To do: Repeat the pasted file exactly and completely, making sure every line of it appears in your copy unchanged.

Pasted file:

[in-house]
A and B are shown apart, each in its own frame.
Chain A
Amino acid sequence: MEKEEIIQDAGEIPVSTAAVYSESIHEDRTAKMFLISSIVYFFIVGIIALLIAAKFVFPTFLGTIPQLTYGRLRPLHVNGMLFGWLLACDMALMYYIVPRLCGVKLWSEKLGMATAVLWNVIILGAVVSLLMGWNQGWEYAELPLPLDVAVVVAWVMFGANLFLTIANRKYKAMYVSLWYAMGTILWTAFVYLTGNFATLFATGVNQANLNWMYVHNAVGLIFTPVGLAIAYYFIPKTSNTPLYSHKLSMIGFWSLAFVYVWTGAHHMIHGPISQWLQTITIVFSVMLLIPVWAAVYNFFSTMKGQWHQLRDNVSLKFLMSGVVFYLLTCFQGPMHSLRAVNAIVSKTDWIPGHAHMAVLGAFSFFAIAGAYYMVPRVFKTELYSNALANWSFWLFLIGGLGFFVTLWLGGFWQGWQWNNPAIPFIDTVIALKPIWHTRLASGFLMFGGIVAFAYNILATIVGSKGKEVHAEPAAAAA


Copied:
[in-house]
A and B are shown apart, each in its own frame.
Chain A
Amino acid sequence: MEKEEIIQDAGEIPVSTAAVYSESIHEDRTAKMFLISSIVYFFIVGIIALLIAAKFVFPTFLGTIPQLTYGRLRPLHVNGMLFGWLLACDMALMYYIVPRLCGVKLWSEKLGMATAVLWNVIILGAVVSLLMGWNQGWEYAELPLPLDVAVVVAWVMFGANLFLTIANRKYKAMYVSLWYAMGTILWTAFVYLTGNFATLFATGVNQANLNWMYVHNAVGLIFTPVGLAIAYYFIPKTSNTPLYSHKLSMIGFWSLAFVYVWTGAHHMIHGPISQWLQTITIVFSVMLLIPVWAAVYNFFSTMKGQWHQLRDNVSLKFLMSGVVFYLLTCFQGPMHSLRAVNAIVSKTDWIPGHAHMAVLGAFSFFAIAGAYYMVPRVFKTELYSNALANWSFWLFLIGGLGFFVTLWLGGFWQGWQWNNPAIPFIDTVIALKPIWHTRLASGFLMFGGIVAFAYNILATIVGSKGKEVHAEPAAAAA